Peanut Brittle is a classic buttery and crunchy candy that no one will be able to resist munching on. It’s perfect for packaging and giving away during the holidays.

We also love making Homemade Toffee, Slow Cooker Cinnamon Almonds, Microwave Caramels, and Reese’s Fudge.  They make the perfect neighbor gifts!

Peanut Brittle Recipe

Hey there! Melanie here again from Garnish & Glaze and today I’m sharing one of my very favorite candies– Peanut Brittle. For as long as I can remember, my grandmother always had peanut brittle in a dish hanging around at her house. It wasn’t homemade but it was the best there was- See’s Candies. I could eat my weight in that stuff and the same is true for this homemade Peanut Brittle. Practically a fourth of this was gone by the end of the photo shoot.

I love making Homemade Caramels but for some reason was always a little fearful of making brittle. Come to find out, Peanut Brittle is actually quite similar to making caramel, you just cook it to a higher temperature.

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As I researched recipes to create the very best peanut brittle, I found that most of them only used a couple tablespoons of butter. From my many years of munching on See’s Candies Peanut Brittle, I knew I’d need more than that. This brittle is perfectly smooth, buttery, and crunchy. Just what peanut brittle should be.

What are the ingredients for peanut brittle?

  • sugar
  • karo syrup
  • water
  • butter
  • roasted peanuts
  • baking soda
  • vanilla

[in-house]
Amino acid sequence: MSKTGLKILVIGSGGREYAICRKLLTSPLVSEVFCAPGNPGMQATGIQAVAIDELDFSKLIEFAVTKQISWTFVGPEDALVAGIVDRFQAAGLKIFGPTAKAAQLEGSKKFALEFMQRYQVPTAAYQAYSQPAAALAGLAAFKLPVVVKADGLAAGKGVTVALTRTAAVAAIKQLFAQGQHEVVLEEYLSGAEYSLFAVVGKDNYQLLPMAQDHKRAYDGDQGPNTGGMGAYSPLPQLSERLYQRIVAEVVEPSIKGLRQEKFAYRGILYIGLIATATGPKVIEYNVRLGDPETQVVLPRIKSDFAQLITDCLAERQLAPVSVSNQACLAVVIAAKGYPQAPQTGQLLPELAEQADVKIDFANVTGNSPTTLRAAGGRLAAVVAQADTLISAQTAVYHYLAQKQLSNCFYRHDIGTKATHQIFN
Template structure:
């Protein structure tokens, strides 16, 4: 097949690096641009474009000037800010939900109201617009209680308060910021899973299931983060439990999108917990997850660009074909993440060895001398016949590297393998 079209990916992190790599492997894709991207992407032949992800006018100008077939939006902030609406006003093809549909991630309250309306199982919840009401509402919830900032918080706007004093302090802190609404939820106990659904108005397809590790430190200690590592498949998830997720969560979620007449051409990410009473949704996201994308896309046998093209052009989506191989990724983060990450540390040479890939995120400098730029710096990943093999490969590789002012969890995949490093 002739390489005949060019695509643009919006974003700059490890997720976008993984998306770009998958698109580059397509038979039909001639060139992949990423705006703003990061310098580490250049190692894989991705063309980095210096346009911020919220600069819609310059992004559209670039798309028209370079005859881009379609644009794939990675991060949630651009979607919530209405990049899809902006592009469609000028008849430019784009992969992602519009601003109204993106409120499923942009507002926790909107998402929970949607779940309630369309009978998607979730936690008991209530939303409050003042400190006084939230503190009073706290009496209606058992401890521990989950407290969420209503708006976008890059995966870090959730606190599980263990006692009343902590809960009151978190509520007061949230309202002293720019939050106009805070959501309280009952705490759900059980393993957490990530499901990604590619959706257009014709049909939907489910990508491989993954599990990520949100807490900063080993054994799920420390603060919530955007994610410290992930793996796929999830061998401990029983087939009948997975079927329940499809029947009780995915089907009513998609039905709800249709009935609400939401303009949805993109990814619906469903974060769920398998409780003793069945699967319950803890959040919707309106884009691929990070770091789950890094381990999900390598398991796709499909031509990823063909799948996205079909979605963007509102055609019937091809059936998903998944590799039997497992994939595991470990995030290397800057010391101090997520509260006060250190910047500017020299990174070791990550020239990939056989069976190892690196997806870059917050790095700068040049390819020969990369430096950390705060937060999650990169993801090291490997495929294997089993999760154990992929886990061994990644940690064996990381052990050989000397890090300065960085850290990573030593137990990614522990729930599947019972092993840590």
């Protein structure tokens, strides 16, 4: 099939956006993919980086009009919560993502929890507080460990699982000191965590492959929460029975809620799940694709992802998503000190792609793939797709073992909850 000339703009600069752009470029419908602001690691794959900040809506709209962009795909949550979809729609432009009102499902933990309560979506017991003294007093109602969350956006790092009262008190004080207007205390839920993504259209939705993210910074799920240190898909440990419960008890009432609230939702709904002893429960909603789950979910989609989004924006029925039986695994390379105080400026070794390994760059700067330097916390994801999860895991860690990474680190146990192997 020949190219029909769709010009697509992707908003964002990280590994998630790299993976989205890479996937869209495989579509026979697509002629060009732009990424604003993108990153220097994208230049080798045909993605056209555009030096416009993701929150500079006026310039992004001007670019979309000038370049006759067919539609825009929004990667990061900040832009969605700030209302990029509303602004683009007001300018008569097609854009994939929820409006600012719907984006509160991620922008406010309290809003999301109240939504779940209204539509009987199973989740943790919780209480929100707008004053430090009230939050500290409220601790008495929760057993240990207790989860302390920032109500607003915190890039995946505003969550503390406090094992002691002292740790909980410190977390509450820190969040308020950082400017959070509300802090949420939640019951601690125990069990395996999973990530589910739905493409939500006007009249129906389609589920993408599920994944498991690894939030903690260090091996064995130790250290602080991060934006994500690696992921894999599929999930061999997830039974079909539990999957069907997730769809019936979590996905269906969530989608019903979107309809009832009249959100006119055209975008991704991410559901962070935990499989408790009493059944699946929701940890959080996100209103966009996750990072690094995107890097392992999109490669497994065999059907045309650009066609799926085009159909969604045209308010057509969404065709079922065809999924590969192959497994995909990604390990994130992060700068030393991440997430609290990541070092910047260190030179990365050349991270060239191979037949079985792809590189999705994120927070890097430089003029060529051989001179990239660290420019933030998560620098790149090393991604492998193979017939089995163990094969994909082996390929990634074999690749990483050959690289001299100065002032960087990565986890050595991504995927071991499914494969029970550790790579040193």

How do you make Homemade Peanut Brittle?

  • Line a 10×15 inch baking pan with parchment paper and set aside.  Place sugar, syrup, and water in a 2 quart with candy thermometer attached and bring to a boil over medium heat. Slowly stir in the butter a little at a time. Let mixture boil, stirring occasionally.
  • When mixture reaches 250 degrees (when you drop a little of it into cold water it forms pliable strands), add the peanuts. Stir constantly for 7-10 more minutes until mixture reaches 300 degrees (when dropped in water it forms brittle strands). Immediately remove from heat, add the vanilla and baking soda, and stir until evenly combined. Pour onto parchment lined baking sheet and spread evenly.
  • Let cool and set. Use a mallet or back of a spoon to crack the brittle into pieces.

Can you pour peanut brittle on parchment paper?

You can pour the mixture onto a parchment lined baking sheet.  A granite or marble slab will also work as well.

Can you put peanut brittle in the fridge?

Store the peanut brittle at room temperature, not in the fridge.  It can be stored for up to two weeks.

 

Now, the key ingredient in brittle that makes it so you don’t crack your tooth is the baking soda that creates little air bubbles. It’s so cool to see the caramel become all foamy when you stir it in.

Once the brittle cools and hardens, you break it into pieces by hitting it with a meat mallet or the back of a spoon. I like to hold the brittle up at and angle and then give it a good wack. You get pieces of all shapes and sizes. I prefer smaller pieces (with lots of peanuts) so I can pop it all in my mouth at once. Enjoy!

 

Watch a video on how to make peanut brittle here:

Peanut Brittle

 

  • 1 cup sugar
  • ½ cup white Karo syrup
  • ¼ cup water
  • ½ cup butter, cubed
  • 1½ cups unsalted roasted peanuts
  • 1 teaspoon baking soda
  • 1 teaspoon vanilla
  1. Line a 10×15 inch baking pan with parchment paper and set aside.
  2. Place sugar, syrup, and water in a 2 quart with candy thermometer attached and bring to a boil over medium heat. Slowly stir in the butter a little at a time. Let mixture boil, stirring occasionally.
  3. When mixture reaches 250 degrees (when you drop a little of it into cold water it forms pliable strands), add the peanuts. Stir constantly for 7-10 more minutes until mixture reaches 300 degrees (when dropped in water it forms brittle strands). Immediately remove from heat, add the vanilla and baking soda, and stir until evenly combined. Pour onto parchment lined baking sheet and spread evenly.
  4. Let cool and set. Use a mallet or back of a spoon to crack the brittle into pieces.

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